When I first heard of the tragic events in Boston yesterday I was overcome with intense sadness and grief.
I had been enjoying a morning filled with time catching up with loved ones, meeting with two new clients, and coffee with a friend while discussing how much we love the direction our lives are taking.
It was about 1:30pm and I decided to pop onto Facebook to see what was happening in the social media world --I had a few friends running the Boston Marathon, and I was curious to see how well they had done. My news feed was, as you can imagine, filled with updates about an explosion going off near the finish line, and then quickly the news of a second explosion followed. Many friends were posting about our mutual connections who were running that day in Boston, linking to their names and asking for a confirmation to whether or not they were ok (and thank God, they were). Others were posting about their loss of faith in humanity, and still more were linking to news sites posting images of the horror that was unfolding at the finish line.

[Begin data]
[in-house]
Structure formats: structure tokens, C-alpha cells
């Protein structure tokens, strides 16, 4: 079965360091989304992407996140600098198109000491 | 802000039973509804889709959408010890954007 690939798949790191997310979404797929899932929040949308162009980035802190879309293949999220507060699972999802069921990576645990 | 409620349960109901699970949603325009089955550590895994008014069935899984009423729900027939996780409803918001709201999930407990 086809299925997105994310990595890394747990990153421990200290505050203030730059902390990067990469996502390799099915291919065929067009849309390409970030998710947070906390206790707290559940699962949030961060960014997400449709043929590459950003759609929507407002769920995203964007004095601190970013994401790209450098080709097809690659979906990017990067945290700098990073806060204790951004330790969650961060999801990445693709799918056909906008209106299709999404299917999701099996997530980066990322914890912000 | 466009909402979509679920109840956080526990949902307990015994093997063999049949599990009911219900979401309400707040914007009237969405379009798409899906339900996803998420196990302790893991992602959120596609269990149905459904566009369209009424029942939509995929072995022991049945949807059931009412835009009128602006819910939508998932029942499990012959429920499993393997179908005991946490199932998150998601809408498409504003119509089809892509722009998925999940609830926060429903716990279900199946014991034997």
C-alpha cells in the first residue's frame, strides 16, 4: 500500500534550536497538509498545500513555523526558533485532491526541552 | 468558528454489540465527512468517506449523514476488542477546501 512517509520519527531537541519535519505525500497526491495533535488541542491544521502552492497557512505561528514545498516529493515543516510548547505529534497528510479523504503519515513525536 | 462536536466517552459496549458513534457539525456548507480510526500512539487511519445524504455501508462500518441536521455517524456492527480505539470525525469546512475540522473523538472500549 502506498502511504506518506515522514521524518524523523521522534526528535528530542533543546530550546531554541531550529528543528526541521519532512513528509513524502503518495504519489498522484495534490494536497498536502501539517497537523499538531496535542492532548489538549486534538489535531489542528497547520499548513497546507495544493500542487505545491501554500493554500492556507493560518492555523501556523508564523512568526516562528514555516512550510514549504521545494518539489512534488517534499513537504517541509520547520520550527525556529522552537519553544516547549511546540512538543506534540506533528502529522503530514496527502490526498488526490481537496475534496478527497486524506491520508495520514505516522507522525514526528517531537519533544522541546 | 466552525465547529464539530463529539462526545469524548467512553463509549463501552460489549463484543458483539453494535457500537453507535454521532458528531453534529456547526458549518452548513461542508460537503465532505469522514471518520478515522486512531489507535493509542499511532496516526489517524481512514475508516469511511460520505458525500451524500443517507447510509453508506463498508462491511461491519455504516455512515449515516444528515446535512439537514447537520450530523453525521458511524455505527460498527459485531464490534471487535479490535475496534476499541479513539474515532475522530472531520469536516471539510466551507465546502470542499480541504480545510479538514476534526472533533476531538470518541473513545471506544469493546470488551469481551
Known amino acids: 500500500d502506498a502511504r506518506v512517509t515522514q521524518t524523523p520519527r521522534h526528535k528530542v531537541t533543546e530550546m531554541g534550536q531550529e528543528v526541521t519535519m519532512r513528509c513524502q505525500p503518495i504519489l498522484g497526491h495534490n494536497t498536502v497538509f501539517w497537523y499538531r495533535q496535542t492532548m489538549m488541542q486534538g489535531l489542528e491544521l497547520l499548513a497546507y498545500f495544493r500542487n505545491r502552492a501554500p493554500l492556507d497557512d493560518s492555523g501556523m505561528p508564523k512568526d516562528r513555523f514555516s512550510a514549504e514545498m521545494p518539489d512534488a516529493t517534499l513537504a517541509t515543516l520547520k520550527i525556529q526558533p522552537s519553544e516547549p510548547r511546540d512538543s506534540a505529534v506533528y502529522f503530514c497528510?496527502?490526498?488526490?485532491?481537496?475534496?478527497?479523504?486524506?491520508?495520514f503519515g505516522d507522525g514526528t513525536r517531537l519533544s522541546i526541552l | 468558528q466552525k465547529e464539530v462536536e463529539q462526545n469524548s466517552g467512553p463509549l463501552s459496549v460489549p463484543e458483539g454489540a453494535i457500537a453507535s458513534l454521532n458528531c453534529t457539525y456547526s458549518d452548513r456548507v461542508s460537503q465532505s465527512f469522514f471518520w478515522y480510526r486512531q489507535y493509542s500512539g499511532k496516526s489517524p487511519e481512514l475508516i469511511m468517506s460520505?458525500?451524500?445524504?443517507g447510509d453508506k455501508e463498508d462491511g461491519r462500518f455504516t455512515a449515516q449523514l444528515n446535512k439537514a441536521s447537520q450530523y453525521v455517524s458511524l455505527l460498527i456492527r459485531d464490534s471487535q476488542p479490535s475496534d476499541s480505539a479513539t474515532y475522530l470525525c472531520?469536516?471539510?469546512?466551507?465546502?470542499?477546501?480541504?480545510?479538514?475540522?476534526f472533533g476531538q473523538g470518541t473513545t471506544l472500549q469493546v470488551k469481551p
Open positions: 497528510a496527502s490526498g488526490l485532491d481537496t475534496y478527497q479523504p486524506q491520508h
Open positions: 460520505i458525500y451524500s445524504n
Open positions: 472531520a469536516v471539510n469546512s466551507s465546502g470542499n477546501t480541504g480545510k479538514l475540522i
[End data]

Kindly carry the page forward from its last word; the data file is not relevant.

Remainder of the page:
I immediately called my mom. My first thought whenever anything bad happens is to call my mom. I know there's nothing she can do to stop the tragedy, but if she can't help me feel better, who can?
In times of tragedy it's important to remember that humanity is not lost. A few individual humans are. The bombs were set and detonated by individuals, not humanity.
Humanity is the group that jumped in to help without thought, without hesitation, without care or concern for their own safety. Humanity is the group of runners who completed their 26.2 miles and continued running - straight to the hospital to give blood for victims. Humanity is the group of service workers who came together to find the other bombs before they went off and hurt more people. And humanity is the large group of people effected by this tragedy, doing whatever they can to help support those who are hurting, who have lost loved ones, and who are helping... however they can.
Humanity is not lost. There is hope.
To all those effected by the tragedy in Boston, my heart and prayers poor out to you.